On Monday Ofcom published the results of 5G testing which proved that radiation levels in the UK were at “tiny fractions” of safe limits. However, this testing comes against a backdrop of conspiracy theories, critical stories on click-driven newspaper websites and totally unsubstantiated claims on Facebook. The latter is a particularly strange place to be at times, as multiple “Stop 5G” groups seek to spread videos and scare stories of the technology.
I read the BBC news story about this where reporter Rory Cellen-Jones looked into some of these Facebook posts..
Put the term “5G” into Facebook’s search box and you can rapidly disappear down a rabbit hole. Take a group called Working Together to Keep Devon 5G Free – the first post is a YouTube video advancing the theory the coronavirus originated in Wuhan because the Chinese city had rolled out 5G.
Believe me, that’s just the tip of the iceberg.
First though, let me state that I’m open minded. In truth, the 5G technology hasn’t been deployed fully as yet and there’s still a lot we don’t know. The testing done so far hasn’t been for constant daily exposure, so the long-term effects really aren’t known.
That said, it’s all too easy to get an alternative message about 5G technology.
The way you consume “news” is changing.
We’re entering a bit of a perfect storm in terms of how our opinions are formed. We’ve covered how news stories and social media can create lies which are never corrected and we’re also watching the traditional print media dying. Those newspapers instead rely on click-bait articles which create shock and anger in order to get you displaying those adverts. They sit alongside other websites which pump out “news” and it means that the average smartphone user can’t really decipher what’s real and what’s not.
As an example, there’s snow forecast in the next few days, but nobody will click on a story that says, “Snow predicted for days ahead”. But, if there’s one that says “Snow bomb to blast Britain this week”, you probably will click it. Then, once you’ve clicked that, there needs to be some more shocking follow-up articles so that the newspaper or website in question can show you more ads and get more revenue. One which says Warnings EXTENDED: EIGHT inches of snow to blanket UK” should do it, and CAPITAL LETTERS will ENHANCE the IMPACT. Then, you’ll need more shock and awe in order stoke the fear and the worry. “Heavy snow to bring travel chaos” sounds good, followed by “Britain covered by TWO WEEKS of snow as -12C freeze hits nation”. Boom. The newspaper gets revenue and, because this is the internet, there’s no need to wait for the next print run or publication date. Screw your mental state.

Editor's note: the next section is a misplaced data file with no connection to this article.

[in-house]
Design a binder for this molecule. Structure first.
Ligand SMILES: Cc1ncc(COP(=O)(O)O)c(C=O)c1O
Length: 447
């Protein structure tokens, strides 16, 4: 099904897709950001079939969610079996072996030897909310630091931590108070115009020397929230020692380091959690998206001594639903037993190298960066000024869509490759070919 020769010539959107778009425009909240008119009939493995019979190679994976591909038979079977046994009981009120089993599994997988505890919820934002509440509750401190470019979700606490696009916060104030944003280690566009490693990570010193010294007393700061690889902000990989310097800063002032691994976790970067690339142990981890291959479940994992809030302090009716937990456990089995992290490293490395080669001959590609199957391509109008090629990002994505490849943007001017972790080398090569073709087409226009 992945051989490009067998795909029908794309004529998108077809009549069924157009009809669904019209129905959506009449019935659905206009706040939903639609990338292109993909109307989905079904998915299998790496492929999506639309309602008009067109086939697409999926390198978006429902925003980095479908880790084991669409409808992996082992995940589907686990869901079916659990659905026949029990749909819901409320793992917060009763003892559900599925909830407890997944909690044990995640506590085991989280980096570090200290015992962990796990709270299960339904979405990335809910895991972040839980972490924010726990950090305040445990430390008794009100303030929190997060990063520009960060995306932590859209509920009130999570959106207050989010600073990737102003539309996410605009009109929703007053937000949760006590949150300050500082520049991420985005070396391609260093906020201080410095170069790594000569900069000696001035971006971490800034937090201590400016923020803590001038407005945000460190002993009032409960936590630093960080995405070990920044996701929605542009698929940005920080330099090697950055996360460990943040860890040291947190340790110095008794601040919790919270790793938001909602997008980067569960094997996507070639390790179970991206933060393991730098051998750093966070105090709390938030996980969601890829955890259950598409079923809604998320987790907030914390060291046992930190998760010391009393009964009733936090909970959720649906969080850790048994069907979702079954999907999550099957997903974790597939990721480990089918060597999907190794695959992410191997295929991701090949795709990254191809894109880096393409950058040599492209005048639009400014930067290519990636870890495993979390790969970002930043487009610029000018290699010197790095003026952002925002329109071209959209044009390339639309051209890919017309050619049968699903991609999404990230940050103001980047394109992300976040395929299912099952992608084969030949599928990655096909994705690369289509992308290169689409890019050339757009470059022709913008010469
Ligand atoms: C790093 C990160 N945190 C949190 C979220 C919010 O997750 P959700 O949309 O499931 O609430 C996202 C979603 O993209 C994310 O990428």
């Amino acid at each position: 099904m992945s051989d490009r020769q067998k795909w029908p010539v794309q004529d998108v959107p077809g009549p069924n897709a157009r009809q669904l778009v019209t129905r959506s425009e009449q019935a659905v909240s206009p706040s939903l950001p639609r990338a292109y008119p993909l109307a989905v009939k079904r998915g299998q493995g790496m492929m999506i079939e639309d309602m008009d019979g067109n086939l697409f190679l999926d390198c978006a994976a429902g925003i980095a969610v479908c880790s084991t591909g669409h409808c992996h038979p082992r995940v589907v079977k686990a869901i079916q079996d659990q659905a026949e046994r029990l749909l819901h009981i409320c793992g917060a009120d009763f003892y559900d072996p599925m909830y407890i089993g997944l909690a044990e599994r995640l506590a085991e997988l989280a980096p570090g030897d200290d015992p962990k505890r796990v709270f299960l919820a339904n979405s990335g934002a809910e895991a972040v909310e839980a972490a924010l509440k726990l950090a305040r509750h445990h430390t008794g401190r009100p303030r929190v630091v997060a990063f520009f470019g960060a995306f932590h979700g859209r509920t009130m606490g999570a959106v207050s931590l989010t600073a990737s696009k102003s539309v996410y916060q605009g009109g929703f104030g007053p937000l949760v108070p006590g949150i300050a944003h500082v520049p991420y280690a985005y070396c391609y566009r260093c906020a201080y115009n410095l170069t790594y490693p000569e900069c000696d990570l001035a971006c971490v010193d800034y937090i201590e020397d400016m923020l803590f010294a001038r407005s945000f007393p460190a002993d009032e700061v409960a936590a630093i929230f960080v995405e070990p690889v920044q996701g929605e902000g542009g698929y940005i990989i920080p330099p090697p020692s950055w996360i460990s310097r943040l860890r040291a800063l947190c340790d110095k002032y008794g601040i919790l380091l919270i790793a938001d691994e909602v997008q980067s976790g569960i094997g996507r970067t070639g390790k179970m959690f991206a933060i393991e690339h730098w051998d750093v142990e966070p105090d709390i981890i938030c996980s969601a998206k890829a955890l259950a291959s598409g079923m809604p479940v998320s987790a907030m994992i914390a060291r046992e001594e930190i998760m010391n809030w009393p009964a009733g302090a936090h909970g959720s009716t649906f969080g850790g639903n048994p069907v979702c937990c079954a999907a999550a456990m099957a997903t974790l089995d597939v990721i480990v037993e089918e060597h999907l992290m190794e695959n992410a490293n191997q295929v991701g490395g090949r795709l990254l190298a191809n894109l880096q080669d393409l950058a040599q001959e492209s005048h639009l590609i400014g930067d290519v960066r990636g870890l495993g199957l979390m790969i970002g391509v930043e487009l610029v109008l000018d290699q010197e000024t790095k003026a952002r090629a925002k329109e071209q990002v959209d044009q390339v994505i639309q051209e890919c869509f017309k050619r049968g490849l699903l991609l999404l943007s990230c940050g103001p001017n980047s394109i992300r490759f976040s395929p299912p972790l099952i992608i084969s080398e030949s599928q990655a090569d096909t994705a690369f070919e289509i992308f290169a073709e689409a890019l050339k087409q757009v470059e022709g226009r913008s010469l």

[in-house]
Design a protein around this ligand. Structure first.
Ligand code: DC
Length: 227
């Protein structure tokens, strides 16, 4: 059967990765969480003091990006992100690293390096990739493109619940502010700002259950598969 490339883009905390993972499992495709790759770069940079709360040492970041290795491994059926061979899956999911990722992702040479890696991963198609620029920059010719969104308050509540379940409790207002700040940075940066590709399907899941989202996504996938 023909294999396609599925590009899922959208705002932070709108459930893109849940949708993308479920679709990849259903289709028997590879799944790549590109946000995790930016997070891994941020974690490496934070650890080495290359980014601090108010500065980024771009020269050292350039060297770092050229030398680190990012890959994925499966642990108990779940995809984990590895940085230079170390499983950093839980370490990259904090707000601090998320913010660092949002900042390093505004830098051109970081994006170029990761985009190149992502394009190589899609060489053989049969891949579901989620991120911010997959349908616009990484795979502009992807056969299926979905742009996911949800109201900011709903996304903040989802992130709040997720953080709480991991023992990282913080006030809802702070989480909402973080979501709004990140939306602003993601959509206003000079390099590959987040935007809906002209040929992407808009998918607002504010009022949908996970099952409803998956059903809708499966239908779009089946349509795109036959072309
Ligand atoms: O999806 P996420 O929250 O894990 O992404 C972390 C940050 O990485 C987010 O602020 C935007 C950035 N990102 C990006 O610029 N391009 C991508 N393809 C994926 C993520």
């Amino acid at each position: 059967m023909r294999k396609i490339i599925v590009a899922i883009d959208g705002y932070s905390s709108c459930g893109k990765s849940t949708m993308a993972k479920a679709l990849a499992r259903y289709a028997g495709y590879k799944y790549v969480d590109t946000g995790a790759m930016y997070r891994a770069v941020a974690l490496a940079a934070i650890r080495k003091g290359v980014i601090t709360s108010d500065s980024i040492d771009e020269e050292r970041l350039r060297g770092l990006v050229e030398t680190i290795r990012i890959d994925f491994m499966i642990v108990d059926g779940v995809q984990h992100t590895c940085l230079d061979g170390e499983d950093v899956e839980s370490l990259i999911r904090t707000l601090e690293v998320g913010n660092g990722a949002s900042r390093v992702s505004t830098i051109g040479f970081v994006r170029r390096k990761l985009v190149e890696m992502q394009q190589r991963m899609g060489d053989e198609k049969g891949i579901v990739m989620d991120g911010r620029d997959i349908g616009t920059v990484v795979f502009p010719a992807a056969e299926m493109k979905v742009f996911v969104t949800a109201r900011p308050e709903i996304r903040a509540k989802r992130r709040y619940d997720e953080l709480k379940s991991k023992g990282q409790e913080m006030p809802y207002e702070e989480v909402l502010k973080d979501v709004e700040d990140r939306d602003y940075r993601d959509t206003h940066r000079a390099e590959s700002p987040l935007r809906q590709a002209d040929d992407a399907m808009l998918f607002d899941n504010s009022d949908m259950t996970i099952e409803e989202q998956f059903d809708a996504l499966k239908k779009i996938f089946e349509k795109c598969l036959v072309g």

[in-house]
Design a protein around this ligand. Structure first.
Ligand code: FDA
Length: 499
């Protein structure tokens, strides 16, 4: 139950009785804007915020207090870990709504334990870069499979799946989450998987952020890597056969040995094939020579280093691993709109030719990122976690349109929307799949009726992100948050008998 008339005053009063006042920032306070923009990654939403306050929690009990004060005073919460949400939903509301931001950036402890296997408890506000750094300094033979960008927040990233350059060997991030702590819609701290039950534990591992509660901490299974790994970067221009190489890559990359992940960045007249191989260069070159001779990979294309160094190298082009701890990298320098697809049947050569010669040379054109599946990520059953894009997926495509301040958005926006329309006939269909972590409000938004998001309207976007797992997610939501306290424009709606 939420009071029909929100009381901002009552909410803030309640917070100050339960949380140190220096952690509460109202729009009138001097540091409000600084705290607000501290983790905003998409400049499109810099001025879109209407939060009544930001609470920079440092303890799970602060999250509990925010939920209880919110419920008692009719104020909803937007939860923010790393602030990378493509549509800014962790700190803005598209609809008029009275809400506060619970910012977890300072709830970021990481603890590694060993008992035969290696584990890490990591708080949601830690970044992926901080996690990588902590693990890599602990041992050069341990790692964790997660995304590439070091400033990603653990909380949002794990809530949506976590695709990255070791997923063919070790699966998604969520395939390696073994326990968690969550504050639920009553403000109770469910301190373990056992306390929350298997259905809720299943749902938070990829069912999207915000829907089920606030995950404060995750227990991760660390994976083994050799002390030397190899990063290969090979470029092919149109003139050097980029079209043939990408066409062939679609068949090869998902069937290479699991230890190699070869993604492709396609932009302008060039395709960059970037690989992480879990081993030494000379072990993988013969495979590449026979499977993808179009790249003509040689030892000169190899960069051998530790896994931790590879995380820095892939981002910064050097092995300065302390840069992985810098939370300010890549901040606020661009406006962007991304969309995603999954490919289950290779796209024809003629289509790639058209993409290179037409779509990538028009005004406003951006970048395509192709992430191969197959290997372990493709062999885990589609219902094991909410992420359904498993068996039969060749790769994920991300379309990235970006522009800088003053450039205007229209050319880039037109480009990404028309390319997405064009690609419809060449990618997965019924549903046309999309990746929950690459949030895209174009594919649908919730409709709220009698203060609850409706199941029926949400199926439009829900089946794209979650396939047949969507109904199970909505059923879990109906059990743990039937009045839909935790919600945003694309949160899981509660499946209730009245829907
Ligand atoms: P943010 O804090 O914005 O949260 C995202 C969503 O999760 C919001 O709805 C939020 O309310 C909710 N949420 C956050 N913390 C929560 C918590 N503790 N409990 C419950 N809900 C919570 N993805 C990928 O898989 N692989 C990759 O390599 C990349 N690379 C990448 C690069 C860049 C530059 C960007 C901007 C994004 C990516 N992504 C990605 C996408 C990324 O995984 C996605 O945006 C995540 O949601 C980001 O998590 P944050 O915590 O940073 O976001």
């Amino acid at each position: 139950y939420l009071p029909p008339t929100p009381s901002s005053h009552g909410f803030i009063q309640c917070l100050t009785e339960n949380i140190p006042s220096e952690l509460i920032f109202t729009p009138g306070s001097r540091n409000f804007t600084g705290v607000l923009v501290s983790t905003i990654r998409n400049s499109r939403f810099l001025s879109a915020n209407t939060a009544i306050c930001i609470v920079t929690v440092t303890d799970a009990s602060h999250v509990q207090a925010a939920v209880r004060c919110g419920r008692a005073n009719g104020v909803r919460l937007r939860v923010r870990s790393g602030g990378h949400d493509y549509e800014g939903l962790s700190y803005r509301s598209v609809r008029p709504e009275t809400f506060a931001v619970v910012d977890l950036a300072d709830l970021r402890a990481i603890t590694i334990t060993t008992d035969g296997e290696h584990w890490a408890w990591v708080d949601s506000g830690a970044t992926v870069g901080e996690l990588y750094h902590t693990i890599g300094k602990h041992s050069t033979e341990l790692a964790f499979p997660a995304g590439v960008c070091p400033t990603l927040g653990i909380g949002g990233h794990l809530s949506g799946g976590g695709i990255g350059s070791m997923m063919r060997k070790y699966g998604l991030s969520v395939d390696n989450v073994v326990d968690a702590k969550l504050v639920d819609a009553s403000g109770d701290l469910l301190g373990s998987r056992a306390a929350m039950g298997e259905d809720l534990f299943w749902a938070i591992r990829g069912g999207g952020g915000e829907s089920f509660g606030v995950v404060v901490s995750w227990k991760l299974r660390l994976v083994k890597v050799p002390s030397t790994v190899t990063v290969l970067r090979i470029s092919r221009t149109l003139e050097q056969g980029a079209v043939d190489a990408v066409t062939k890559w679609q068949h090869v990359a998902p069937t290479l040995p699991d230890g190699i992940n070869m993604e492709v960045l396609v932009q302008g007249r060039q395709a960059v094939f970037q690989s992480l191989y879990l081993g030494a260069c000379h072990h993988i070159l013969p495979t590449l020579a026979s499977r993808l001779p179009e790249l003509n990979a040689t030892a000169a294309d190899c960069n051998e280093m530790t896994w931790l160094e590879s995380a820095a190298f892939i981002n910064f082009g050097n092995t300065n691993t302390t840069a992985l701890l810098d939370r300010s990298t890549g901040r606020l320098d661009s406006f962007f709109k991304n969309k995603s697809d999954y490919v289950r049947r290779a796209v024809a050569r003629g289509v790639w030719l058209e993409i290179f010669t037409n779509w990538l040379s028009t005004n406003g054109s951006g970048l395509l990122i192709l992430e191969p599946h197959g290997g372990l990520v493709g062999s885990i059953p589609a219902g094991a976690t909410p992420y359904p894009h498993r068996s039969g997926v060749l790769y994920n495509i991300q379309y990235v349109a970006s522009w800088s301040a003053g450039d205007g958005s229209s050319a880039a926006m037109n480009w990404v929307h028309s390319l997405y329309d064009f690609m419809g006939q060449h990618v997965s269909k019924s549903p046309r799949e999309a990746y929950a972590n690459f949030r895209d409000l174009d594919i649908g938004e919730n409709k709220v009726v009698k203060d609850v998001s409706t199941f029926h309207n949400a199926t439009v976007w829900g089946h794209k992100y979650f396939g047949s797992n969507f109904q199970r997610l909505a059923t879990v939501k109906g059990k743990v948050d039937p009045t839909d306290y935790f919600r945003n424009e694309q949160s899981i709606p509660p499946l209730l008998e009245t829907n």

On Facebook it’s worse. There’s not even a thin veneer of fact-checking. People can just post any old rubbish and, especially if it’s in a group of like-minded individuals, it’s not challenged – instead it’s augmented. It’s amplified. It’s given more credence and it’s then cross-posted into other groups or used in newspaper articles. The newspapers love it because it’s more ad-revenue for their dying businesses. They make less money from their sites (mostly) and so it’s all about the clicks. Screw investigative journalism.
For Facebook it’s a win-win. They get more people on their platform, more chatter, more stickiness, more adverts. For the newspapers it’s also a win-win. They can use the comments and Facebook posts and call them, “concerned residents”, “locals” or “action groups”. It doesn’t matter that it’s some mad echo-chamber of like-minded people posting unsubstantiated or misleading guff. Screw the consequences, we’ve got advertising revenue to think about.
Let’s have a deeper look at that Facebook coverage..
5G. The opinion from the “Stop 5G” groups on social media
There’s multiple videos the Stop 5G” groups. The one below is entitled “The Truth about 5G” and it tries to draw a link between the coronavirus and 5G being deployed in Wuhan.
The video, which has had some 90,000 views in less than two days, has a lady spelling out the word “F.I.V.E- G” continually and how 60GHz microwaves “impact the uptake of oxygen via the hemoglobin”. The video goes on to say that 60GHz is “absorbed by oxygen”.